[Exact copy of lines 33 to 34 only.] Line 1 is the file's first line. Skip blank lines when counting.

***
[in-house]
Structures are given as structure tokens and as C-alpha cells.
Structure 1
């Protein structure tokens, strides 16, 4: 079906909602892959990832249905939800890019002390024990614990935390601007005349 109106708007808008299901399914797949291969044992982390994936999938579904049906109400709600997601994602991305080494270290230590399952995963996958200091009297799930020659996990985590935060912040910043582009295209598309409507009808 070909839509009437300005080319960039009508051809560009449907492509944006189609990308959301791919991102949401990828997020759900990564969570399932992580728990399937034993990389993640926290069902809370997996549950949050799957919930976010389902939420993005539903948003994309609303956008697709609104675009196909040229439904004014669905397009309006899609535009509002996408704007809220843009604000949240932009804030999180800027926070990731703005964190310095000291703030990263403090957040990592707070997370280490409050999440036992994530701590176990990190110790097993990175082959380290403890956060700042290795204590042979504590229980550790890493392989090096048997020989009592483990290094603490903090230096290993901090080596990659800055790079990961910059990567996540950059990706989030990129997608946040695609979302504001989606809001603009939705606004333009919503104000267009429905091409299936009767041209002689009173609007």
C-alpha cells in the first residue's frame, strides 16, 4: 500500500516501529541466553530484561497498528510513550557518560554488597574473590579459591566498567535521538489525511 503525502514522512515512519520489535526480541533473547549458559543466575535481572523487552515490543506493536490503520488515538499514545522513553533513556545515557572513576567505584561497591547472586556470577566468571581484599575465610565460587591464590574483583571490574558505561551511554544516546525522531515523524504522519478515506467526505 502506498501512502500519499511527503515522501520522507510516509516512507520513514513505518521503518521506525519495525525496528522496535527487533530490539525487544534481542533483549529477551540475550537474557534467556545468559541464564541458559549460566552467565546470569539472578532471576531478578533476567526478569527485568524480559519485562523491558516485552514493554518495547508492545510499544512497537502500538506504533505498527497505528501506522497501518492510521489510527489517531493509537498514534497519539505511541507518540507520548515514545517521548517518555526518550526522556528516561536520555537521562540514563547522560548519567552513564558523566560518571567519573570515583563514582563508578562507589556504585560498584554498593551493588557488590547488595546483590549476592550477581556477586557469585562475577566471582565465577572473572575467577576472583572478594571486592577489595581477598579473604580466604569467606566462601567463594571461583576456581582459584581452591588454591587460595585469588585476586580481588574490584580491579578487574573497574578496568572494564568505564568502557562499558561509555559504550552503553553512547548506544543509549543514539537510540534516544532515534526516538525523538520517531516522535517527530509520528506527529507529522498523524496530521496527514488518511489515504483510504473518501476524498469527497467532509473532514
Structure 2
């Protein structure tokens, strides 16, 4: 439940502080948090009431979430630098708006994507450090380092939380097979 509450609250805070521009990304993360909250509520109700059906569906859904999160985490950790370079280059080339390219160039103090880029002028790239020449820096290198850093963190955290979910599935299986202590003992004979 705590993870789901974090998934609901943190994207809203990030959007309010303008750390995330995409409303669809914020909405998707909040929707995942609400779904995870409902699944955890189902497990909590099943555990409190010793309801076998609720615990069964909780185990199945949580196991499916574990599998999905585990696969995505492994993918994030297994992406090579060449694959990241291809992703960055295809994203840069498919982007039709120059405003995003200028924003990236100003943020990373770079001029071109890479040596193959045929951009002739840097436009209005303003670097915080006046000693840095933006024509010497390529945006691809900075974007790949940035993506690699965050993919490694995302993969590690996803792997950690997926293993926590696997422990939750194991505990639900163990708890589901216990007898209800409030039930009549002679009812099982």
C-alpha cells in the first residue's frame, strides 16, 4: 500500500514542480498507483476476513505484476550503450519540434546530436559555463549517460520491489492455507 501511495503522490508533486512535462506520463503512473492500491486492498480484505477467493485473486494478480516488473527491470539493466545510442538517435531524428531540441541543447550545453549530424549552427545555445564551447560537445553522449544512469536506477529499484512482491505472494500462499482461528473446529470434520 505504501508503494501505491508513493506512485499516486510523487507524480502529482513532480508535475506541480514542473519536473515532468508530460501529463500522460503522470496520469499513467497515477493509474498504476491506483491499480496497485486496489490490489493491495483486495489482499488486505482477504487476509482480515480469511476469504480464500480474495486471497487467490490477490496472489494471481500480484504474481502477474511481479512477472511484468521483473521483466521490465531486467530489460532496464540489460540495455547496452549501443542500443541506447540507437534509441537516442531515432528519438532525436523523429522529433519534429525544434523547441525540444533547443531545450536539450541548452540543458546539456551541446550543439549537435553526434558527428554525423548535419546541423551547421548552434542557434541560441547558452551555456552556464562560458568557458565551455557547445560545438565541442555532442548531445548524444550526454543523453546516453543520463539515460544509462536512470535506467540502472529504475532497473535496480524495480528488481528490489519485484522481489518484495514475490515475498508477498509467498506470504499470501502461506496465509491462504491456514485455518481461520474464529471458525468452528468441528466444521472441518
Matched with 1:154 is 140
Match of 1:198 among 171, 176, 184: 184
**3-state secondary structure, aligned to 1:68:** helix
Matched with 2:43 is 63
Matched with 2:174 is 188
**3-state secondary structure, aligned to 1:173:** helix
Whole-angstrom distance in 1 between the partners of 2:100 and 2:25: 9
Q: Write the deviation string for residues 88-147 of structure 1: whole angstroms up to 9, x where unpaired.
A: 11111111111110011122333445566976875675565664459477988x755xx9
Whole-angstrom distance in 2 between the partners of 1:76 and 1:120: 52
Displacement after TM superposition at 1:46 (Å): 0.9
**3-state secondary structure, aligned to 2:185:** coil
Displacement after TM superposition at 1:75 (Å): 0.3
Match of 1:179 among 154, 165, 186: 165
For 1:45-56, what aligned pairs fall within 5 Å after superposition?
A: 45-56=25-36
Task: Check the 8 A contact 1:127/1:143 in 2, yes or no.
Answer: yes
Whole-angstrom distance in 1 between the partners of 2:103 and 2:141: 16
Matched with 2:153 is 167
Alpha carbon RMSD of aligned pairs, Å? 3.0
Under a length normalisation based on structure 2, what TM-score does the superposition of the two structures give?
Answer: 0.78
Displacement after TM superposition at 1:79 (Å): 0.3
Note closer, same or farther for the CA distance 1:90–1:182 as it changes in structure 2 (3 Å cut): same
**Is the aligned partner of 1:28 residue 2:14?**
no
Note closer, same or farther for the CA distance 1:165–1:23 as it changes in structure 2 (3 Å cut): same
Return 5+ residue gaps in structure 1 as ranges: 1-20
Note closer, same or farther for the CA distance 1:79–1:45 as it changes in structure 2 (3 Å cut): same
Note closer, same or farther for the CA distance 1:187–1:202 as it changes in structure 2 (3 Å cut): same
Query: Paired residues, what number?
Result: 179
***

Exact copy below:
Note closer, same or farther for the CA distance 1:90–1:182 as it changes in structure 2 (3 Å cut): same
**Is the aligned partner of 1:28 residue 2:14?**